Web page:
U.K. Ad Market to Expand by 9.2 Percent in 2022


Due to high inflation rates and a rise in cost-of-living expenses, the latest Advertising Association/WARC Expenditure Report has downgraded U.K. adspend forecasts for 2022.

The U.K. ad market is poised to hit £34.9 billion this year, a 9.2 percent increase, marking a 1.7 percentage point downgrade from the July forecast. Adspend was up 8.8 percent in Q2 to £8.6 billion, while in the first half it was up 14.4 percent to £16.7 billion.

Television was the only medium that showed a decline in Q2, falling by 0.6 percent, while BVOD was up 9.3 percent. For Q4, the World Cup is expected to help increase adspend by 4.5 percent, with TV remaining flat at £1.7 billion but VOD rising by 4.2 percent.

In 2023, the U.K. ad market is expected to grow by 3.9 percent to £36.2 billion, a 0.5 percentage point decline on the previous forecast this summer. Next year will see online advertising take a 75.2 percent share of adspend, up from 74 percent this year. TV is expected to remain flat in 2023, with BVOD rising by 7.2 percent.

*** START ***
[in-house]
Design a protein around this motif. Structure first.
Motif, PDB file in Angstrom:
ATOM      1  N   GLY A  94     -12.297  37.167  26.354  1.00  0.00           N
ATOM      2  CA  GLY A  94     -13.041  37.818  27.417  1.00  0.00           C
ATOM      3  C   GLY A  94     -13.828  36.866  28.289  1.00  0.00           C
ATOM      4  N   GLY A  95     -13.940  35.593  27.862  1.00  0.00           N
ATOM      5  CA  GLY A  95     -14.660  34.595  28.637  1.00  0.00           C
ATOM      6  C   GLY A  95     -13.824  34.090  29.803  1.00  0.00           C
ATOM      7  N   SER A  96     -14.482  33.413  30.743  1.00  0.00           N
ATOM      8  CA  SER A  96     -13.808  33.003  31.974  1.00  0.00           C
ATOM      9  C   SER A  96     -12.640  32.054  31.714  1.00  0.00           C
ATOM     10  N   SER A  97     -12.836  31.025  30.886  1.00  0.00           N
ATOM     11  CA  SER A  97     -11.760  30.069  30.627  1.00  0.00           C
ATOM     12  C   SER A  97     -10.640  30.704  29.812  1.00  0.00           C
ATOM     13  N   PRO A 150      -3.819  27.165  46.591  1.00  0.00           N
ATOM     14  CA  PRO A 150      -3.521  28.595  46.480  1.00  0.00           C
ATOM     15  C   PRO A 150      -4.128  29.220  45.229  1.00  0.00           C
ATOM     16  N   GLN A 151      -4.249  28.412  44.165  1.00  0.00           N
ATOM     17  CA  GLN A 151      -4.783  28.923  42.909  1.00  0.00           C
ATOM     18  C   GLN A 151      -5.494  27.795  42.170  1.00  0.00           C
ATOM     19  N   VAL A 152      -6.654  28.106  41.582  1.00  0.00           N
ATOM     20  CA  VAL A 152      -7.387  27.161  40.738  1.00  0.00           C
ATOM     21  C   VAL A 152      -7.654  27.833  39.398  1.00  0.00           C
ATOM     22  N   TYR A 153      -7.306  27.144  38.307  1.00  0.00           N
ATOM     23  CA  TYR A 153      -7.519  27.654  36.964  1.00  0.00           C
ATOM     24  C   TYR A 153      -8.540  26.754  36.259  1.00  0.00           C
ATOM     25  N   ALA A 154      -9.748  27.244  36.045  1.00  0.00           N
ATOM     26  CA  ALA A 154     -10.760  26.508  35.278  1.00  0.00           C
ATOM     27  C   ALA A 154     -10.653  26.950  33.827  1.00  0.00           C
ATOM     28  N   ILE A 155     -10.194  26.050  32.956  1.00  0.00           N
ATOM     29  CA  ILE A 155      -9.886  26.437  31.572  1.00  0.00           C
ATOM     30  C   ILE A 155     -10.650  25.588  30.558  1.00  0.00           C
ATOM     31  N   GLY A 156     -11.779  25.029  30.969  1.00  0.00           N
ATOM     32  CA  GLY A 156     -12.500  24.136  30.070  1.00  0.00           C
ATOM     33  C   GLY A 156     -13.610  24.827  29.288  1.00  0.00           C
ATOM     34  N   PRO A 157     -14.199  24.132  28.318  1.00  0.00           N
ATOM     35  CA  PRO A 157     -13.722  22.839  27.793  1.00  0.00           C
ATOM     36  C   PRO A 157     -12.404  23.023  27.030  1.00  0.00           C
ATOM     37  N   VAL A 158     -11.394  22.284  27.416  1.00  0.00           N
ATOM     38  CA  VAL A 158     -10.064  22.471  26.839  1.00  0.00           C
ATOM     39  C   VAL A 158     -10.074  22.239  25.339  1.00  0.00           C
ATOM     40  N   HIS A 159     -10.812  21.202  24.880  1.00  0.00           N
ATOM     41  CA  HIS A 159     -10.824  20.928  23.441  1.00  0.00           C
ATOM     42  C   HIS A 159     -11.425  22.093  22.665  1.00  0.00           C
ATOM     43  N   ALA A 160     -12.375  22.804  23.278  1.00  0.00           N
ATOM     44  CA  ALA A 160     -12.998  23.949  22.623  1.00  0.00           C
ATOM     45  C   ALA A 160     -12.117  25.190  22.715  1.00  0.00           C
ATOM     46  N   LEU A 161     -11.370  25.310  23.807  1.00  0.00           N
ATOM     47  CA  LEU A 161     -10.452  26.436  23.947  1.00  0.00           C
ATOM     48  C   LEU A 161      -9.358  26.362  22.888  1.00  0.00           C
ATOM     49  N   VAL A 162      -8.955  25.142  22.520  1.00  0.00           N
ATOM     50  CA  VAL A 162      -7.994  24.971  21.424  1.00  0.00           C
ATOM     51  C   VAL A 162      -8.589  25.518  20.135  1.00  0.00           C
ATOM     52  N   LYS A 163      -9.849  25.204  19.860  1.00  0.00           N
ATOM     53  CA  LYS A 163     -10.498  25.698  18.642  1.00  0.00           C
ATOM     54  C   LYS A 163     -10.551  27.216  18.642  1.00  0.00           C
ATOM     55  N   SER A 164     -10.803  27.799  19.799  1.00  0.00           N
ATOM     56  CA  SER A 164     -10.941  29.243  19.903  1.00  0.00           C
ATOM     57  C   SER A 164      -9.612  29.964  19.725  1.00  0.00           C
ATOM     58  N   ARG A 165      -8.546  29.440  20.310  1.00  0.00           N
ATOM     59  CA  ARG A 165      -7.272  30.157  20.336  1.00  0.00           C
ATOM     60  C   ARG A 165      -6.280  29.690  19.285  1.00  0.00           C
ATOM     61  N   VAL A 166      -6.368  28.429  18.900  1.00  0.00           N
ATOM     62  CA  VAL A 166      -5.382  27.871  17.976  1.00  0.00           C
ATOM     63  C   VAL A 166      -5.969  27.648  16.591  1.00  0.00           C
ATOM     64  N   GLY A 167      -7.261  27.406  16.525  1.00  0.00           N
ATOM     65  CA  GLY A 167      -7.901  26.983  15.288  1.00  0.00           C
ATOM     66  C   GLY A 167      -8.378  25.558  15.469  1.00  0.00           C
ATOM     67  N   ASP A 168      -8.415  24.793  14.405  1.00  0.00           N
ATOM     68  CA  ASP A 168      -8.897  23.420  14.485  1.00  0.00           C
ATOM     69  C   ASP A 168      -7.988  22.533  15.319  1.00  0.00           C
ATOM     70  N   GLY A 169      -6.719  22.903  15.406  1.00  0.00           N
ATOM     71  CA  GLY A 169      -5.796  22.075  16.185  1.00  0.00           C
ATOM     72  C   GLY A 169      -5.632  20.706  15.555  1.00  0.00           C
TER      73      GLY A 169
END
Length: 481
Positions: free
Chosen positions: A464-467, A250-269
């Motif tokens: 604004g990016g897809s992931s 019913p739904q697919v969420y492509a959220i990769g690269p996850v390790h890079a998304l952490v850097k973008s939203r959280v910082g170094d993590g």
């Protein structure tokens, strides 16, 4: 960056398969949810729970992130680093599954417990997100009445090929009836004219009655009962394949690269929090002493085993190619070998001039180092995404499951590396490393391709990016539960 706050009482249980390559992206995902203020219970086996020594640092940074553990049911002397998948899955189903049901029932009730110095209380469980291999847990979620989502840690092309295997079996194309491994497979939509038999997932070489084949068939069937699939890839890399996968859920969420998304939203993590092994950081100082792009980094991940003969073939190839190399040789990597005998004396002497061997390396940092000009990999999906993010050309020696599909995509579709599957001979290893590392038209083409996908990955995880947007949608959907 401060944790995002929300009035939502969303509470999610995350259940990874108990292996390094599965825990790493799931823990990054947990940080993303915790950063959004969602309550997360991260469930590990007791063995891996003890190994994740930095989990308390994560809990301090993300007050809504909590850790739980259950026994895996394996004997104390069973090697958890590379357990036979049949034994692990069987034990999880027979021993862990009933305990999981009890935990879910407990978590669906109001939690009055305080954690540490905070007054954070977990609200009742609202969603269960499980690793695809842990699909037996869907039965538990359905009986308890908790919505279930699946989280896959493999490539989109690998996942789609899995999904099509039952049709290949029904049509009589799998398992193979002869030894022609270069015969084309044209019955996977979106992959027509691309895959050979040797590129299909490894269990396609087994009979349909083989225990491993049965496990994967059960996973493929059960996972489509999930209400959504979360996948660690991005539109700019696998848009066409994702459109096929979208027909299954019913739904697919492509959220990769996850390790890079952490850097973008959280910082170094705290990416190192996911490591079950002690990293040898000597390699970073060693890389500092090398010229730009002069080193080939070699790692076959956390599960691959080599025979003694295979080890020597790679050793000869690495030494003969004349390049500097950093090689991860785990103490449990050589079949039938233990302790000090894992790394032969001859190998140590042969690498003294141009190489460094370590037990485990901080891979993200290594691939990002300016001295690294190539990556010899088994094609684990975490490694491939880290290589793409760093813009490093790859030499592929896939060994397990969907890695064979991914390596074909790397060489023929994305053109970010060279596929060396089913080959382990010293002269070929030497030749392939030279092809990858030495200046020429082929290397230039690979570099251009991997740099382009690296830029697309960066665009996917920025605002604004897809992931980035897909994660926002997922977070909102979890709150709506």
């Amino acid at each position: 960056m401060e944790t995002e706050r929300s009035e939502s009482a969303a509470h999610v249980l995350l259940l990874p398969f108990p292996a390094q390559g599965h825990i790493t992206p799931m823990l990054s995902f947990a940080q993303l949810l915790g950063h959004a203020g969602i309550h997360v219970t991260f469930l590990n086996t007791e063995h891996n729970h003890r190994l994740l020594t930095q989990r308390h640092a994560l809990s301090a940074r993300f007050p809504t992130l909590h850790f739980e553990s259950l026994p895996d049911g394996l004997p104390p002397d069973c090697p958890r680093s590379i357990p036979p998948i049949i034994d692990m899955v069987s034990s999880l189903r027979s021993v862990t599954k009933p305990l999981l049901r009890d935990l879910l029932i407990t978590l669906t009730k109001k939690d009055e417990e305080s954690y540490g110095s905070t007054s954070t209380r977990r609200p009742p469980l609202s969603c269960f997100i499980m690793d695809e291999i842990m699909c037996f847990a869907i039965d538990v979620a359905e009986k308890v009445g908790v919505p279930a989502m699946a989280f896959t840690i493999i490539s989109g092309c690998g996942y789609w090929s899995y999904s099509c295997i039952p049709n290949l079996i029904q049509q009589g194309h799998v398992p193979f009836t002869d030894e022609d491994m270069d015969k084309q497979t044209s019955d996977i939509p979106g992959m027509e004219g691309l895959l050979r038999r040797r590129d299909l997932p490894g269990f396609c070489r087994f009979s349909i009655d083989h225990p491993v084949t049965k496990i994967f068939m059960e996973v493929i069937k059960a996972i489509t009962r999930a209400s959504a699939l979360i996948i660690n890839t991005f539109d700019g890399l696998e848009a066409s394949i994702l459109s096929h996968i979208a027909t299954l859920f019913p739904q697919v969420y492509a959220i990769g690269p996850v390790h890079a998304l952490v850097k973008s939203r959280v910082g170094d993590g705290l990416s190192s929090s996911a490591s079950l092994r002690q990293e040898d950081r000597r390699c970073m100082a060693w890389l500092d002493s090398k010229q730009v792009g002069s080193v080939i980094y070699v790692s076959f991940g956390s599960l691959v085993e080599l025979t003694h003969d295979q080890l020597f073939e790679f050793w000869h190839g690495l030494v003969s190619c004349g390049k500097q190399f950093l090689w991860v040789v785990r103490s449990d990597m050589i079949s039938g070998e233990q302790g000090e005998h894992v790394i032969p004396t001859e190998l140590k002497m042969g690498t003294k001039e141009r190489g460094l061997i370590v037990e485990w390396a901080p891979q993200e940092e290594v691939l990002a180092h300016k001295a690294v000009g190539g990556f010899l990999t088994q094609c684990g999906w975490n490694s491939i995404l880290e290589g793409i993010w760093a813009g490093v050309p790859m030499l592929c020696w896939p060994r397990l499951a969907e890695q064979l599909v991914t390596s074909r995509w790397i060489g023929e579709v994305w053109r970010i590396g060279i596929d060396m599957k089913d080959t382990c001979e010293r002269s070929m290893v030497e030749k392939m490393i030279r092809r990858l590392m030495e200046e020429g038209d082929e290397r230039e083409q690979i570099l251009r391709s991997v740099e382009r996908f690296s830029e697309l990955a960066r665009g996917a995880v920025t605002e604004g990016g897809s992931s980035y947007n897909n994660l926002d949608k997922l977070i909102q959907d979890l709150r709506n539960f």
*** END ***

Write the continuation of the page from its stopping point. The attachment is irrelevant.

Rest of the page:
Stephen Woodford, chief executive of the Advertising Association, commented, “It is encouraging to see strong figures in Q2, with media channels continuing their recovery from the Covid-19 pandemic. Looking forward, political and economic stability is much-needed, given the inflationary and recessionary forces impacting all businesses. As companies navigate these pressures, we see them continuing to prioritize advertising investment to protect their brands in exceptionally challenging market conditions.”

James McDonald, director of data, intelligence and forecasting at WARC, added, “With the economic picture worsening amid ongoing political incertitude, the likelihood of a recession is now higher than when we last assessed market prospects in the summer. Indeed, we have downgraded U.K. ad market growth expectations for this year and next, in large part to reflect the waning climate.

“Higher costs are carving into advertisers’ margins and household budgets alike, and trading conditions are at their worst since the Covid outbreak, leading to muted expectations for the Christmas quarter. Against this deteriorating economic backdrop, a 9.2 percent rise in advertising investment this year would be impressive given that it is near double the average rate of expansion recorded prior to the pandemic.”